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A Selectively Anodic Bonded Micropump for Implantable Medical Drug Delivery Systems

[+] Author Affiliations
Shane Ridgeway, Junho Song, Li Cao

Iowa State University, Ames, IA

Paper No. IMECE2002-33551, pp. 175-180; 6 pages
doi:10.1115/IMECE2002-33551
From:
  • ASME 2002 International Mechanical Engineering Congress and Exposition
  • Advances in Bioengineering
  • New Orleans, Louisiana, USA, November 17–22, 2002
  • Conference Sponsors: Bioengineering Division
  • ISBN: 0-7918-3650-9 | eISBN: 0-7918-1691-5, 0-7918-1692-3, 0-7918-1693-1
  • Copyright © 2002 by ASME

abstract

Microelectromechanical Systems (MEMS) fabrication techniques offer a unique solution for implantable medical drug delivery systems. An implantable medical drug delivery system can relieve the pain associated with frequent injections and deliver a localized dosage. An implantable drug delivery system can also avoid contamination and infection better than conventional injection methods (such as intravenous injection). The major advantage of microfabricated drug delivery systems is the possibility of mass production at low cost. A silicon based peristaltically actuated implantable medical drug delivery system consisting of three pumping chambers was microfabricated and tested. The unique features of this microfabricated drug delivery system include the design of a selectively anodic bonded micropump. The selectively anodic bonded Pyrex glass wafer was used to seal the pump chambers and allow for a view of fluid movement. Chromium was used as a selective bonding material. A 20 nm thick chromium film deposited on the top surface of the silicon valves successfully prevented bonding between the valve and the glass wafer. The pump operates with a normally closed valve which consists of a silicon mesa located at the center of each chamber. This mesa makes intimate contact with the glass wafer. Three 180 μm deep and 12 mm diameter circular chambers were etched into the top surface of the silicon wafer using deep reactive ion etching (DRIE) and connected by two 1 mm wide channels. Directly opposite the chambers, three 12 mm diameter circular features were etched 320 μm deep using DRIE to create a 50 μm thick silicon membrane and provide an attachment point for piezoelectric actuating disks. The piezoelectric disks were applied using a conductive silver epoxy. A positive potential was applied to the gold layer that was e-beam deposited on the substrate, with the negative terminal applied to each individual actuator. The three pump chambers were actuated in a peristaltic motion with driving frequencies ranging from 0.5 to 4 Hz and actuation voltages ranging from 10–130 V. The design goal of 10 μL/min was met at driving frequencies of 2 and 4 Hz where the maximum flowrate was 10.1 and 11.4 μL/min for the 2 and 4 Hz actuation frequencies respectively at an actuation voltage of 130 V. The maximum pressure achieved by the pump was 35.8 mmH2 0 for the 2 and 4 Hz actuation frequencies at an actuation voltage of 130 V.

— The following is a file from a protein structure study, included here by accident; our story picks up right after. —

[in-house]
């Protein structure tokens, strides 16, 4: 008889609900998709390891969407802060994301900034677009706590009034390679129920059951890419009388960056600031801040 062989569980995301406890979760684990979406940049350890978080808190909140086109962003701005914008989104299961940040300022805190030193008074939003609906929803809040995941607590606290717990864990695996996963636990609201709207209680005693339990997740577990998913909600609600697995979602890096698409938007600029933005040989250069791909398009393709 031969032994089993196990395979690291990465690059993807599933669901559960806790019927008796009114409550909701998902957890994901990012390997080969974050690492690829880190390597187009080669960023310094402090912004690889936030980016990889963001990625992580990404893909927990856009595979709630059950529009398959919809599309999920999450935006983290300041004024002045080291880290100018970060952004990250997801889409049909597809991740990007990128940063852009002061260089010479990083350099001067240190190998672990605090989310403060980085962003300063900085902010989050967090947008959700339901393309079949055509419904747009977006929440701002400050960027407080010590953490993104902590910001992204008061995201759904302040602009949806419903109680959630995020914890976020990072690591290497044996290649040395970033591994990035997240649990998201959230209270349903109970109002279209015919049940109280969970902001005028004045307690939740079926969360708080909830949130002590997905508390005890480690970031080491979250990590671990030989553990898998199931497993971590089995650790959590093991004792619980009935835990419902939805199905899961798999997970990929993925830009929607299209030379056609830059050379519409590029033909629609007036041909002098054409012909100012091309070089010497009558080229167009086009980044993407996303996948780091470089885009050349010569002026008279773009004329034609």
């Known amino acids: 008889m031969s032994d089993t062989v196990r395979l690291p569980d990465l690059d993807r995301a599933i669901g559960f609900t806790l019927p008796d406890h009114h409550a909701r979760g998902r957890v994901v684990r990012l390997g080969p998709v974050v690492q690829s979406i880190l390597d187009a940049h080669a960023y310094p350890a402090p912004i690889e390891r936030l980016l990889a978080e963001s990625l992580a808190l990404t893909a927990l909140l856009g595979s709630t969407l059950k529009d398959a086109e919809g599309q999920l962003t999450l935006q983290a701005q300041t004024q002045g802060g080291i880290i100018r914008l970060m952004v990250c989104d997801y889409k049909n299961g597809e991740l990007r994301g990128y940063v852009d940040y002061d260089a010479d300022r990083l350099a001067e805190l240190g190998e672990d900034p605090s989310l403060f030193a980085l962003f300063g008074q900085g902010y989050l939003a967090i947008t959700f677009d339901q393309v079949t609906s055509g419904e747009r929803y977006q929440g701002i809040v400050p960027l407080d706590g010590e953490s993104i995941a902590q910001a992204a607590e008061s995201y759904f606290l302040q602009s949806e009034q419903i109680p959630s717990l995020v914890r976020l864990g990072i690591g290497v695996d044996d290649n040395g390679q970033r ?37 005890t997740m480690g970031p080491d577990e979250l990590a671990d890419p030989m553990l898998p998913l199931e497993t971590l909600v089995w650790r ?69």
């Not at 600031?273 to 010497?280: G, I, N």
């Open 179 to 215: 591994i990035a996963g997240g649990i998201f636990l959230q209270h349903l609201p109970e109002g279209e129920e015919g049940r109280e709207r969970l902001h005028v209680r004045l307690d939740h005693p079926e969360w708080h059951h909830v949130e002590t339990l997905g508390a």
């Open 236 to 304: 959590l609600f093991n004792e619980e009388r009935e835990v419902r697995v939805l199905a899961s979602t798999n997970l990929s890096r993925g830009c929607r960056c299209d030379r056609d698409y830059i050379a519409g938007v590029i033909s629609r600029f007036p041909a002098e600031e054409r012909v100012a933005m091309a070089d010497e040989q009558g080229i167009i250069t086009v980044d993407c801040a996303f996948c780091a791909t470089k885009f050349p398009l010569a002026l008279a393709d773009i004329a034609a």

Copyright © 2002 by ASME

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